Based on input from our readers and others, our readers’ suggestions, here’s our list of the five things every Minnesota woodland owner needs to know:
Rather listen than read? This content is also available as a recorded webinar, about 45 minutes in length, recorded in January 2010. Click here to watch the recorded webinar (make sure your computer speakers are on!).
1. Know your–and your heirs’–vision for the land.
When asked why they own woodlands, most people talk about caring for the land, leaving it in better shape than they found it, improving wildlife habitat, and just enjoying the quiet and privacy that the land provides.
As they watch their trees grow and change, many landowners want to guide that growth in one direction or another: better wildlife habitat, more big trees, a quiet refuge, ski trails, a source of income, or something else.
There’s a common saying in forestry: “The best time to plant a tree was 20 years ago. The second best time is now.” Developing a vision for the future of your land allows you to start planting those trees now.
To succeed, your vision needs to be based in reality, both in terms of local ecology and also your family’s long-term interest in owning and caring for the land.
What to do: Write down your vision for the land. If you hope or plan to pass the land down to your kids or grandkids, you need to involve them in the land now, and make sure you understand their vision. If they don’t see value in your plan, they’re not as likely to follow it through.
2. Know your land.
The health, productivity and growth of your woods depend on the soils, climate, and management history: No two woodland stands are the same.
Whatever the site conditions, woodlands are constantly changing. Trees grow, trees die, wind and ice take trees down, insects come and go, climate changes…. All of these changes can affect not only the future of your woodland, but the value of your land and timber.
Aldo Leopold, a key figure in modern land conservation, is famous for his careful observation of the ecology of his Central Wisconsin woodland. Leopold’s decades of careful observation, recorded in his journals, gave him intimate knowledge of his family’s land.
This kind of knowledge is the foundation of sustainable forest management. Planting trees well suited to the site, thinning out poor performers and cleaning out insect and disease problems are three simple things you can do to improve the health and productivity of your woods.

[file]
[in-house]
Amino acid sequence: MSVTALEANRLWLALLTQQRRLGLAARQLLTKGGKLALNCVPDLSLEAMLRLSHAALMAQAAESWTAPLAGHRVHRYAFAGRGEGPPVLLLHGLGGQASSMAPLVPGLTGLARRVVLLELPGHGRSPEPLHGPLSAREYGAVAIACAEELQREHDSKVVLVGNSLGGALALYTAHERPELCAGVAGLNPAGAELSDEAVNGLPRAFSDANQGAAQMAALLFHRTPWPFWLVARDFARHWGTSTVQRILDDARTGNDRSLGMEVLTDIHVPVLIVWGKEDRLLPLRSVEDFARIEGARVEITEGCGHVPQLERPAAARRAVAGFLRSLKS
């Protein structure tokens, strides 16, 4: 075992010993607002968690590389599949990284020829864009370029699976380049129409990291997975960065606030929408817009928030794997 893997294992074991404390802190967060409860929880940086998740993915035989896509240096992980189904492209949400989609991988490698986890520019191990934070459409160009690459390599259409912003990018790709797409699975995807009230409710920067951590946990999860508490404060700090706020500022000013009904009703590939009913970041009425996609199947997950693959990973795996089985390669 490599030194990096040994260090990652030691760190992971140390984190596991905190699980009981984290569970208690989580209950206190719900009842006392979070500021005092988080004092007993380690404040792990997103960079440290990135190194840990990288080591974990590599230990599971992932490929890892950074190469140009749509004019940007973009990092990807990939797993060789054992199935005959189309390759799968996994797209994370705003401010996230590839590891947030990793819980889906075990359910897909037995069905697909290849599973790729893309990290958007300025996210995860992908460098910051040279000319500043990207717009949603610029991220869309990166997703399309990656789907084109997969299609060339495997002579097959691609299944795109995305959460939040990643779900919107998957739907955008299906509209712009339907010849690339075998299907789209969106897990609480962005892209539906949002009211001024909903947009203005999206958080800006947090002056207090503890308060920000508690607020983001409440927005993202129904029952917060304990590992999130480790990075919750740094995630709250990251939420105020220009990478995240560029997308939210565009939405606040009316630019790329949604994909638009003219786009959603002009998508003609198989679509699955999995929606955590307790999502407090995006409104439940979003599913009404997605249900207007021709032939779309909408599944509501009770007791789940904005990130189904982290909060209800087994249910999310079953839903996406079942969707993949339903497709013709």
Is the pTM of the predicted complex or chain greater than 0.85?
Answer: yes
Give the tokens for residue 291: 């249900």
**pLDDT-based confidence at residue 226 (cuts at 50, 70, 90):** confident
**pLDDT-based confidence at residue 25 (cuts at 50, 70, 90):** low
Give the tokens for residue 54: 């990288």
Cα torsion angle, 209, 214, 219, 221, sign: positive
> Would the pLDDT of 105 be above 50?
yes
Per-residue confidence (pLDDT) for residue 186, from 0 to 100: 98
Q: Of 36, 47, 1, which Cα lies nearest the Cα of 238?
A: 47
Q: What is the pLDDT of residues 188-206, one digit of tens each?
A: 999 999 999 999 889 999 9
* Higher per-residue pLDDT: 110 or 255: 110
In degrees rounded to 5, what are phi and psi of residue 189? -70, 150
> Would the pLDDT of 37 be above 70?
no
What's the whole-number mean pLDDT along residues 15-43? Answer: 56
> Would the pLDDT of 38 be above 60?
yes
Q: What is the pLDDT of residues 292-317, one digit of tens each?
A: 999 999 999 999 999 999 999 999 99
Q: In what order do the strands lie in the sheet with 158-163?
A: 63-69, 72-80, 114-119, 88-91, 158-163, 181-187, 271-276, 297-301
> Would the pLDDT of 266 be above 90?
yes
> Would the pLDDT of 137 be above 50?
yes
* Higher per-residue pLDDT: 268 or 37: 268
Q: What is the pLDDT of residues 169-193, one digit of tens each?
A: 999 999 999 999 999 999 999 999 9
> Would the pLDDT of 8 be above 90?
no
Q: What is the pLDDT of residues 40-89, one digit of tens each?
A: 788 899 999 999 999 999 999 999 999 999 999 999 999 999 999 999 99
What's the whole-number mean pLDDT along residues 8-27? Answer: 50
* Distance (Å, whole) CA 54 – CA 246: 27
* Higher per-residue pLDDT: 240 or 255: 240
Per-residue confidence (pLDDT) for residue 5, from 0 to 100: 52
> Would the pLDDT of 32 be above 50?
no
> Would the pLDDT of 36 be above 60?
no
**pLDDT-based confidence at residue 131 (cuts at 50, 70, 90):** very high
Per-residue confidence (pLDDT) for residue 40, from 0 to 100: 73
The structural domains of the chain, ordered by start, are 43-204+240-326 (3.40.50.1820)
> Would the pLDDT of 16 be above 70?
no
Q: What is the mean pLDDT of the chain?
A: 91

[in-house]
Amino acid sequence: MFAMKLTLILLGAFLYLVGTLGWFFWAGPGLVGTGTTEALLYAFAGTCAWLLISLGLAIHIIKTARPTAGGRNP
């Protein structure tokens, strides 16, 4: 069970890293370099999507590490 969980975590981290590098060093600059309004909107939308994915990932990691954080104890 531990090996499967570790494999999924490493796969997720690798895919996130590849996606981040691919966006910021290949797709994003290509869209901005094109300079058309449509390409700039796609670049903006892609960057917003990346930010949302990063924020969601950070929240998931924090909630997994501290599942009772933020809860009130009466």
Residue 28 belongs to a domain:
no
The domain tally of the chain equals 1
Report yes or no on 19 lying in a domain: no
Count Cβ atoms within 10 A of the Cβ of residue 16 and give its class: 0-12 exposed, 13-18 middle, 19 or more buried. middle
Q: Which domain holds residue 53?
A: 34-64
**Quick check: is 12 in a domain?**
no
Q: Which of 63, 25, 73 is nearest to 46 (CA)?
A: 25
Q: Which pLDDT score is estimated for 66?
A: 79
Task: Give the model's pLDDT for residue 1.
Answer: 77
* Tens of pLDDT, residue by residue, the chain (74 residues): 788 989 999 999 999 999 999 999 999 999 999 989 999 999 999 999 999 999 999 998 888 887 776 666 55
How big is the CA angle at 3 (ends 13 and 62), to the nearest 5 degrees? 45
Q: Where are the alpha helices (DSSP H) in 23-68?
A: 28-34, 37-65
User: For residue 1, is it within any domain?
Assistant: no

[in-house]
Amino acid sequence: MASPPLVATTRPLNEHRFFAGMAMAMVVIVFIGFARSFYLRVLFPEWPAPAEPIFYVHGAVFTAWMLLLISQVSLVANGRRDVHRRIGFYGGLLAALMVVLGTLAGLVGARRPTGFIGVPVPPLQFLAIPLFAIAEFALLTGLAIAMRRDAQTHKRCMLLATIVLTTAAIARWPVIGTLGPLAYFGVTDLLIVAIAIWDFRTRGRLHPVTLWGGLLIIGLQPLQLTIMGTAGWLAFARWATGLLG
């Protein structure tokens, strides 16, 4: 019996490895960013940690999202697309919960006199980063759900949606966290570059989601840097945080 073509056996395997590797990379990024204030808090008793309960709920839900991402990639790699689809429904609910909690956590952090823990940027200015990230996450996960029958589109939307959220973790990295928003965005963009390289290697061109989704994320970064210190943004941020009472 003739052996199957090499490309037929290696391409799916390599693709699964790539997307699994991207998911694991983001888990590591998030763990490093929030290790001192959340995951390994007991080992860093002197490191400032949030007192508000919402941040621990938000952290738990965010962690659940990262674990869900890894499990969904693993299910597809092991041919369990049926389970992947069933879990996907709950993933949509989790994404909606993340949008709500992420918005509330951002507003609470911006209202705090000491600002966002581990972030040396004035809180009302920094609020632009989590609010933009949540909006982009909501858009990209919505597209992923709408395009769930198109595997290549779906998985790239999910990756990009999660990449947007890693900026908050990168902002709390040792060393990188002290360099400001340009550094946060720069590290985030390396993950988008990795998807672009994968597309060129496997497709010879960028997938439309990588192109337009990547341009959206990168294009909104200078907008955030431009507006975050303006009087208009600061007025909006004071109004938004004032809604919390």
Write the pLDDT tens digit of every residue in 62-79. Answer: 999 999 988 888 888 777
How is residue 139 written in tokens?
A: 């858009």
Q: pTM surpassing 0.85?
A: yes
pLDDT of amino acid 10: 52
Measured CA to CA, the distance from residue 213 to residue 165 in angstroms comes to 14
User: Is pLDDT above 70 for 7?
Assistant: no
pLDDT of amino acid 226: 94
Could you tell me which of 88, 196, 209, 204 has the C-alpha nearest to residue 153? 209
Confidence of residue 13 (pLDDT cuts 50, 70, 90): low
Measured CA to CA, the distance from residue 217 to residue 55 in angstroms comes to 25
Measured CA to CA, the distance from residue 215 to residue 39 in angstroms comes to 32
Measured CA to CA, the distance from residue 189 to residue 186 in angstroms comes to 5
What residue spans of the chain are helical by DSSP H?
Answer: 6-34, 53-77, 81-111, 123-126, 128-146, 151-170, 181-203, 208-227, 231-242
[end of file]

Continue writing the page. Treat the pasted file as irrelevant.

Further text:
What to do: Get to know your woods well. Watch carefully for which trees are dying, which trees are taking their place, what insects are present, which stands are overcrowded, and so on. Other landowners or forestry professionals can help you turn your observations into plans to make the best of your woods better.
3. Get a Forest Stewardship Plan for your property.
Forest Stewardship Plans are prepared by local professional foresters. Your plan will include a detailed inventory of your wooded property, including species, ages, stand histories, and more. You’ll also get information about the ecology of your landscape.
Your plan will include specific recommendations for each wooded stand based on your unique objectives. Every plan is specific to the property and the landowner. Whether your focus is wildlife, recreation, big trees, timber, or something else, the plan will recommend ways to get more of it, faster.
Though as of December 2009 landowners are required to pay a portion of the plan’s cost, in most cases those costs will be recovered quickly through enrollment in one of Minnesota’s property tax and incentive programs.
4. Know where to find financial and professional help.
Local professionals can tell you about cost-share opportunities (to help pay for wildlife habitat improvement, tree planting, woodland improvement, and more). They can help you interpret changes in your land, tell you how wood products markets are changing, and more.
A local professional forester can plug you in to programs like the Sustainable Forests Incentive Act (SFIA), which provides incentive payments to promote sound forest stewardship and keeping land forested. A local professional can also help you enroll in Minnesota’s new (2008) 2c Managed Forest Land tax class, which has a 35% lower property tax rate than 2b timberland. Read more about these programs here.
Finally, if you choose to sell timber, a professional forester can help ensure that you receive top dollar, and also that you’re happy with your woods after the harvest.
What to do: Read about some organizations that may be available to help you, or read about different sources of professional help. Look for an interactive map with contact info for Minnesota forestry professionals on this site soon.
5. Get to know other local landowners.
Minnesota has at least 20 local private woodland committees, councils, forest landowner co-operatives, and local chapters of the Minnesota Forestry Association (MFA).
You should also know about the Woodland Advisor program. The program offers between 50 and 75 classroom and field workshops every year for family forest owners. The program is managed by Extension, the Minnesota DNR, MFA, and numerous other private and public partners.
Workshops are offered in partnership with local organizations. These events can be an excellent opportunities to meet local landowners and professionals and get answers to your questions.
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What resources have you found most helpful? What have we missed? Leave a comment to help others learn from your experience.